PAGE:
Magazine article Management Today

First-Class Coach

Magazine article Management Today

First-Class Coach

Article excerpt

Beneath the superficial generational differences, there will be a lot that unites you.

Q: I have recently changed job to one where my team are all much younger than me. I've been used to managing people who were about my age, so the generation gap seems very large. Everything from their language to the way they approach their work is unfamiliar. How can I connect with them across this divide and still maintain my authority?

A: 'Don't their parents teach them any manners?' asked an exasperated client of mine in response to a recent lapse in politeness in one of her younger staff. Then she stopped abruptly as she realised how much like an old fogey she was sounding. Like you, she was recognising a gap between her cultural norms and what her junior staff appeared to see as appropriate behaviour.

Much has been written about Generation X and Generation Y, ascribing characteristics, and speculating on how they would behave in the workplace. Predictions include a preference for team working over taking sole responsibility and, having been overindulged as children, a tendency to expect hand-holding by managers. Though I'm sure there are grains of truth in these studies, the generation gap has always been present, and managers have had to find ways to work with it. Where once those with more age and authority could dictate what should be done and have a reasonable chance of being obeyed, this hierarchical approach is now only very rarely effective.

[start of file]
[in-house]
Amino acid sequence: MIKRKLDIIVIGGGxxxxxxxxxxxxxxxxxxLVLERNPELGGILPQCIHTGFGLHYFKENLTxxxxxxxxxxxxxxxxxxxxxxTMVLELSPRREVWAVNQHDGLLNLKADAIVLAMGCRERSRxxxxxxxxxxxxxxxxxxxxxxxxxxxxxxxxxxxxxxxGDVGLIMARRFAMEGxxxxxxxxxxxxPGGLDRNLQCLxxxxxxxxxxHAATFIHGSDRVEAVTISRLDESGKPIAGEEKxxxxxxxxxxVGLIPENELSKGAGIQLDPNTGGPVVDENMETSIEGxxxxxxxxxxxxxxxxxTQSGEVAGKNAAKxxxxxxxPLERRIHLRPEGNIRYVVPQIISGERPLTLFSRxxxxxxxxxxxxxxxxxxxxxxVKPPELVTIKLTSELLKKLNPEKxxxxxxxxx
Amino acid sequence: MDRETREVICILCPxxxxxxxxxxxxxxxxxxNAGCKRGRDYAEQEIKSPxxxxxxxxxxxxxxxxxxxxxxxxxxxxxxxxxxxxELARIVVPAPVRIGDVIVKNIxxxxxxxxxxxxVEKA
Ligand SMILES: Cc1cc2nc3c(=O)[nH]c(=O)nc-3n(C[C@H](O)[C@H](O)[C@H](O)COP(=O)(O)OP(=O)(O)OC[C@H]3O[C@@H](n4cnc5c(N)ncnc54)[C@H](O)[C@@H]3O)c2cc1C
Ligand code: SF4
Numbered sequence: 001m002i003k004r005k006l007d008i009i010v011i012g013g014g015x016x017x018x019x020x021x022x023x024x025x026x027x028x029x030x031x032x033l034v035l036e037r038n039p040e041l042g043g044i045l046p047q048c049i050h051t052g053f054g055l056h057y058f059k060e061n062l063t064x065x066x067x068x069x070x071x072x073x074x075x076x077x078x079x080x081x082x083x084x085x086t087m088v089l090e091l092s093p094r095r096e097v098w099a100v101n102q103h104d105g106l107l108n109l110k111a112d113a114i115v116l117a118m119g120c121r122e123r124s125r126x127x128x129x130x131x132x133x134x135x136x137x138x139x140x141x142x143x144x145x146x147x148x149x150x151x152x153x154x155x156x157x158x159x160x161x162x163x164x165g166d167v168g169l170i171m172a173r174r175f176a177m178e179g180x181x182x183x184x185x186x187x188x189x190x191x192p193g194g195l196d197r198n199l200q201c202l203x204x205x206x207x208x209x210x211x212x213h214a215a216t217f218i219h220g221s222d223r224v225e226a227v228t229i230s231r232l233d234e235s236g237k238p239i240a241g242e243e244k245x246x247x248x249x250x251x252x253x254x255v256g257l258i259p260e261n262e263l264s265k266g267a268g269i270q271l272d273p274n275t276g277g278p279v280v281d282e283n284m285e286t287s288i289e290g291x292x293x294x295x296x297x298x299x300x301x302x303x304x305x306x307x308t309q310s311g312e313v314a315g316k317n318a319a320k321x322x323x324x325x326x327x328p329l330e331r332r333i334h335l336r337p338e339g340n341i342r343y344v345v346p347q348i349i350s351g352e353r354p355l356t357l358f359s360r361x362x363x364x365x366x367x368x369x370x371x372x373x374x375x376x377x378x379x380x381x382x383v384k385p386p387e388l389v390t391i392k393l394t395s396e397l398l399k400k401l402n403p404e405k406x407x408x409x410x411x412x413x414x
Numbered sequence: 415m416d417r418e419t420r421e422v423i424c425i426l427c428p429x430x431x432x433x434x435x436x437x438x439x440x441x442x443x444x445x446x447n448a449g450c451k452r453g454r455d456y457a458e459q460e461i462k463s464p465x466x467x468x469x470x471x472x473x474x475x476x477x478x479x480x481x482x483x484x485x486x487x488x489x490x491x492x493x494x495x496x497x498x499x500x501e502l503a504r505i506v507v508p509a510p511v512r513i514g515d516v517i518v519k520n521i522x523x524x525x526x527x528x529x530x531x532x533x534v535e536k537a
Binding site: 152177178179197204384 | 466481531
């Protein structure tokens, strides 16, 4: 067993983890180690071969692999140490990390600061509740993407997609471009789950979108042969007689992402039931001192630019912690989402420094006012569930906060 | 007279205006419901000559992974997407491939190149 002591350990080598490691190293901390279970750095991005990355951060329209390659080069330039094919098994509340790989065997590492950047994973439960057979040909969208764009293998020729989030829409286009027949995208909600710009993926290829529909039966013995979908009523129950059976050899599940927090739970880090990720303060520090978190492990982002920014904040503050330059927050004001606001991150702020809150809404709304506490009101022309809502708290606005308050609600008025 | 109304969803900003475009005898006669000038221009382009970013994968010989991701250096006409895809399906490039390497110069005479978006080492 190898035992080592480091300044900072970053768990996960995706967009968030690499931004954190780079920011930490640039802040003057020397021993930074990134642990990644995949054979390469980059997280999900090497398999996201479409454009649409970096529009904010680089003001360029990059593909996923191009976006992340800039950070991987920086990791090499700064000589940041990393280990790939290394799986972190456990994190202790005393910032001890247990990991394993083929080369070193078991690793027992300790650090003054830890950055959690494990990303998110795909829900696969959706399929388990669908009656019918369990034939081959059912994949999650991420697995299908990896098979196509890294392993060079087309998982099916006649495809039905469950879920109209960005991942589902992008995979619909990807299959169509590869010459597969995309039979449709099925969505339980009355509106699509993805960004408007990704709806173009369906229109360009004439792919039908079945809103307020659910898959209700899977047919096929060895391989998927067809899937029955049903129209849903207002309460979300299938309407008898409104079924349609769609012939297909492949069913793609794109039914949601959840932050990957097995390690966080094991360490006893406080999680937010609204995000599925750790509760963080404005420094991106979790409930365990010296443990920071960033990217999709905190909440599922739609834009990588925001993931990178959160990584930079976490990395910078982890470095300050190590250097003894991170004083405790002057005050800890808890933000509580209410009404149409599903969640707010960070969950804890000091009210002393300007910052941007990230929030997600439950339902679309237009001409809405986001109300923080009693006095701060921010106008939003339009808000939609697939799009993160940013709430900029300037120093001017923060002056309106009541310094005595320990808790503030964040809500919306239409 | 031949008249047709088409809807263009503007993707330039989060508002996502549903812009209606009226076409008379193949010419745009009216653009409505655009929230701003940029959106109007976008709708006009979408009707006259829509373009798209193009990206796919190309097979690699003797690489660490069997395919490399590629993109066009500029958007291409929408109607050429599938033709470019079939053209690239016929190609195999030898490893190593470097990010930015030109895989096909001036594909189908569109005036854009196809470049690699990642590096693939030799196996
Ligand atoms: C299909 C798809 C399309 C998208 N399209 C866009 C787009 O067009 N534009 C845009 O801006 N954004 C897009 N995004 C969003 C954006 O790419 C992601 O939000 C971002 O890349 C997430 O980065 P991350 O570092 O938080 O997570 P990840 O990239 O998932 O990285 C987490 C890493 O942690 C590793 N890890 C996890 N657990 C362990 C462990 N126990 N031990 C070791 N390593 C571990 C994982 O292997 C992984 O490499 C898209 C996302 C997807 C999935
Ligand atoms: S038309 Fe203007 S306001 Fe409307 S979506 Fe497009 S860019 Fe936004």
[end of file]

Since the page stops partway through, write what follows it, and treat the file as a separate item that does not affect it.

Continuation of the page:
It is important for you to understand your team if you are to tap into the talents they bring. Spending some time with them will help, especially one-to-one, away from the social pressures of the rest of the team, which may be modelled on the adversarial 'Us and Them', staff against managers, style of interaction.

As for their communication style, trying to ape their language would be doomed. Better to avoid jargon and management-speak and use plain English, asking for translations when you're unclear what they mean.

If you are looking for role models, think back to your own schooldays and the teachers who had good relationships with pupils while still keeping control. I'm willing to bet it wasn't those who tried to dress and act young. Neither was it the strict authoritarians, who coerced pupils to work and were highly resented, even if they did extract good results from the more able pupils. …

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